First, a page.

After their initial heyday in the 1990s, FMV games (or more commonly known in today's vernacular, Interactive Films) are back and better than ever. In recent years we have been blessed with such thrilling tales as The Bunker and most recently Late Shift, and now we have the newest game to question your morales in the growing catalogue of Interactive films from Wales Interactive, The Complex.
Directed by young talented British filmmaker Paul Raschid and starring Michelle Mylett, Kate Dickie and Al Weaver, The Complex follows the story of two scientists Amy (Mylett) and Rees (Weaver) as they are trapped in a locked-down lab whilst attempting to save the life of potential bioterrorist Clare (Kim Adis) who has injected herself with advanced nano cell technology. Whilst battling against the moral dilemma of figuring out exactly if Clare is innocent or not, Amy and Rees must also solve if everyone else, including Amy's close friend Nathalie (Dickie), can truly be trusted.
Choices in games are nothing new, and they aren't limited to just FMV games. A large number of RPGs like Mass Effect to point and click games such as The Walking Dead have always boasted that "choices matter" - however, most of the time, the player's choices lead to one of two linear endings with a few differences sprinkled throughout. What makes The Complex stand out against those examples and its immediate peers is that the choices, along with the relationship status tracker, really do matter.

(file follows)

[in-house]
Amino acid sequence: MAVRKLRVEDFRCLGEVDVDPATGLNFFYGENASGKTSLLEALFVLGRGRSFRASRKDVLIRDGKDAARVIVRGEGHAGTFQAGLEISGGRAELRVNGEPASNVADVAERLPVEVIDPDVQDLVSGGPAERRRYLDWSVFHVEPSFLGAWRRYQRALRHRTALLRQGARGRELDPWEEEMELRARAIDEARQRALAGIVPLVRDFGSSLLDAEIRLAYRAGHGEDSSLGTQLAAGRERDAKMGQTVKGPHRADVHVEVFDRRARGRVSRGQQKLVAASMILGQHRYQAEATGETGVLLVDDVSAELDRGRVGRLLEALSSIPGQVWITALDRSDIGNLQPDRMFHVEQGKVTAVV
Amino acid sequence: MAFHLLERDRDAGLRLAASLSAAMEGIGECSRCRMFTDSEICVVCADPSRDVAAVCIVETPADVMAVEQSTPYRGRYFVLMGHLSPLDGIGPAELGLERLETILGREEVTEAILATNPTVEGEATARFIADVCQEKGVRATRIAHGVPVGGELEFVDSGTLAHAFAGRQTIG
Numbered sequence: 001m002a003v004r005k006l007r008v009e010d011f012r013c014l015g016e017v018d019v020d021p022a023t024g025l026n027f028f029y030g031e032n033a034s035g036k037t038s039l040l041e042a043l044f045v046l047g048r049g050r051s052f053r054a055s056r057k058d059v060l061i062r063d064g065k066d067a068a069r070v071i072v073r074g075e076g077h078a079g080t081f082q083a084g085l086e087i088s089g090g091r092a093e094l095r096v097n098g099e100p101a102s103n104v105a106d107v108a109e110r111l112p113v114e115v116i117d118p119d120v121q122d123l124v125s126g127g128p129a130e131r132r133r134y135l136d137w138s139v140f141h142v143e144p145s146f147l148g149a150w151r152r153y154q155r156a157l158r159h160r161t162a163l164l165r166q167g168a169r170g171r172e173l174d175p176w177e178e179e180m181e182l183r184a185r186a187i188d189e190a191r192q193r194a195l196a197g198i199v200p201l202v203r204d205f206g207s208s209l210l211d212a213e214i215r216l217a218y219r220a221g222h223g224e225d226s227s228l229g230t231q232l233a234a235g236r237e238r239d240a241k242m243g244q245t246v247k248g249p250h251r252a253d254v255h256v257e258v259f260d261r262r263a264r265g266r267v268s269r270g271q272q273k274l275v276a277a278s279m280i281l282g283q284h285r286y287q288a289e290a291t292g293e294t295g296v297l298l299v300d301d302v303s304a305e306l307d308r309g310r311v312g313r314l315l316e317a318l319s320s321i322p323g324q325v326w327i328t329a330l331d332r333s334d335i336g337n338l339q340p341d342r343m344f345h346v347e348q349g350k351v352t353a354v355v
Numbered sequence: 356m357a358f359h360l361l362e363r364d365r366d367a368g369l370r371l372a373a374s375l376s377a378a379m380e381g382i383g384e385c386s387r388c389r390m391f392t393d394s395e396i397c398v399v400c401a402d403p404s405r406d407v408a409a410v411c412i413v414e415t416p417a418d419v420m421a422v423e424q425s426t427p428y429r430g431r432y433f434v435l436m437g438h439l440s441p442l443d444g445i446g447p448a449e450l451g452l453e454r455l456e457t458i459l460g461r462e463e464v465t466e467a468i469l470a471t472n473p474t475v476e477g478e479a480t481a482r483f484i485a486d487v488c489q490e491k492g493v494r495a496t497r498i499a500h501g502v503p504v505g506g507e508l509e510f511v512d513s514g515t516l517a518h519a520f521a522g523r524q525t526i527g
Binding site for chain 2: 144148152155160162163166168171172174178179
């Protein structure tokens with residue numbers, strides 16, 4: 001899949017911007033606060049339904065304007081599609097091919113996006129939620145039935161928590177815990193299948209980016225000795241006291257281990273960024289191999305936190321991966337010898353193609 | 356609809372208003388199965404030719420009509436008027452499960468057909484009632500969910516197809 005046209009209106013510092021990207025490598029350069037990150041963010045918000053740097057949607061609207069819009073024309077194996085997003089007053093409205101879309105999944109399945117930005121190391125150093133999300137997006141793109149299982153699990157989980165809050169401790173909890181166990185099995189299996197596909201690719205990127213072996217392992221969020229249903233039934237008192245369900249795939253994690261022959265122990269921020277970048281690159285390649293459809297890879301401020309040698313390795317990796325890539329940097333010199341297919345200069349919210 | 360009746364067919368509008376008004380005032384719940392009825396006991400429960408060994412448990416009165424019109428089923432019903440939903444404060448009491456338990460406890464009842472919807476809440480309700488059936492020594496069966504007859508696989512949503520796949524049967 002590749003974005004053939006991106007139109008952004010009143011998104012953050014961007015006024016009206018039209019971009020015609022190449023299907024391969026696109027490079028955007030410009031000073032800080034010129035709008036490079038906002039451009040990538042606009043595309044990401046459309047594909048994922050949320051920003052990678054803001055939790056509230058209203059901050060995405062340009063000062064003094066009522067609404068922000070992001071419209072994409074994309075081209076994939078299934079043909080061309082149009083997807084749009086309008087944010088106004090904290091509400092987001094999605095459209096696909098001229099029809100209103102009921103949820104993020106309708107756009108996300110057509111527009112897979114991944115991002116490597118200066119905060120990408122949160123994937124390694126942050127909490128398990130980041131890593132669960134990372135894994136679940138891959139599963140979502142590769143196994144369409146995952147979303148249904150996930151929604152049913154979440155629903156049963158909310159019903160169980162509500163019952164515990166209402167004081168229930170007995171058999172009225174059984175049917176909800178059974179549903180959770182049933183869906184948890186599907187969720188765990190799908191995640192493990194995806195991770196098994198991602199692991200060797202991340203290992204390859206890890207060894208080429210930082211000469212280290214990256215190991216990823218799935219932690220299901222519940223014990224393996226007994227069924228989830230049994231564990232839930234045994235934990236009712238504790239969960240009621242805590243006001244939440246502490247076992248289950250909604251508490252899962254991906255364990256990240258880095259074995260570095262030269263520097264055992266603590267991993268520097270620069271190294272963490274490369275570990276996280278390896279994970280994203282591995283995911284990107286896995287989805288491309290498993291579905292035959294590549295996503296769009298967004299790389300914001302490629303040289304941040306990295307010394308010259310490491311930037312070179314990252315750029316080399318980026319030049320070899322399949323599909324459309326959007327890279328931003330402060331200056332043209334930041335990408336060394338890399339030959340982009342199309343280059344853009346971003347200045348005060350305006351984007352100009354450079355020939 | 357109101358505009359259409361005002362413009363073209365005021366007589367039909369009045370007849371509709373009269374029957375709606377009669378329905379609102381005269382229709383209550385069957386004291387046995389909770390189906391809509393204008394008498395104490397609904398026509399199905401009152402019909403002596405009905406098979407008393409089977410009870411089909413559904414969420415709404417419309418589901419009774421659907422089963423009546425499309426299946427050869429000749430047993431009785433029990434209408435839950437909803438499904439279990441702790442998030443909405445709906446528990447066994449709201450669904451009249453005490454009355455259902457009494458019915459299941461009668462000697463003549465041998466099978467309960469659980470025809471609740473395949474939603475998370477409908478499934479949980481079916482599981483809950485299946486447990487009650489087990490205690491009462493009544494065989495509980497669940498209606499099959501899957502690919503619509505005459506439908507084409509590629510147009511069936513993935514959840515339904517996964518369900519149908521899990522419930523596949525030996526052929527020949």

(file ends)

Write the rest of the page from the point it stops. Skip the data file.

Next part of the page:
The game, or rather film, has eight possible endings that are affected from the very first scene and seemingly innocent choices in unpressurised situations can have disastrous outcomes. Now, in normal circumstances be it a standard RPG, these are easier hurdles to overcome as they are animated and are usually set in fantasy based scenarios. With The Complex and the fact that it is completely live-action, Raschid and writer Lynn Renee Maxcy had to pay special attention to making sure everything was consistent and the continuity made complete sense - multiple scenes had to be re-shot to even make sure that the backgrounds matched up with previous choices that the players had made. Essentially, the had to make eight films in one - a huge feat to accomplish but one that everyone involved successfully achieved.
The acting and character development was fantastic - Amy and Rees' relationship especially was solid and achieved what it set out to do - a good job as it was most certainly at the forefront of a majority of the bigger choices. Kate Dickie as the mysterious Nathalie was, as always, top-notch and stole every scene that she was in. Couple that with some superb production design and brilliant directing, it really is the complete package.
Normally in an Interactive film, one or two playthroughs is usually enough for players - however, The Complex really lends itself to have you find and discover every single ending to unlock the full potential of the story and world. Thrilling, engaging and morally challenging - The Complex is up there as one of the best Interactive films available in the market.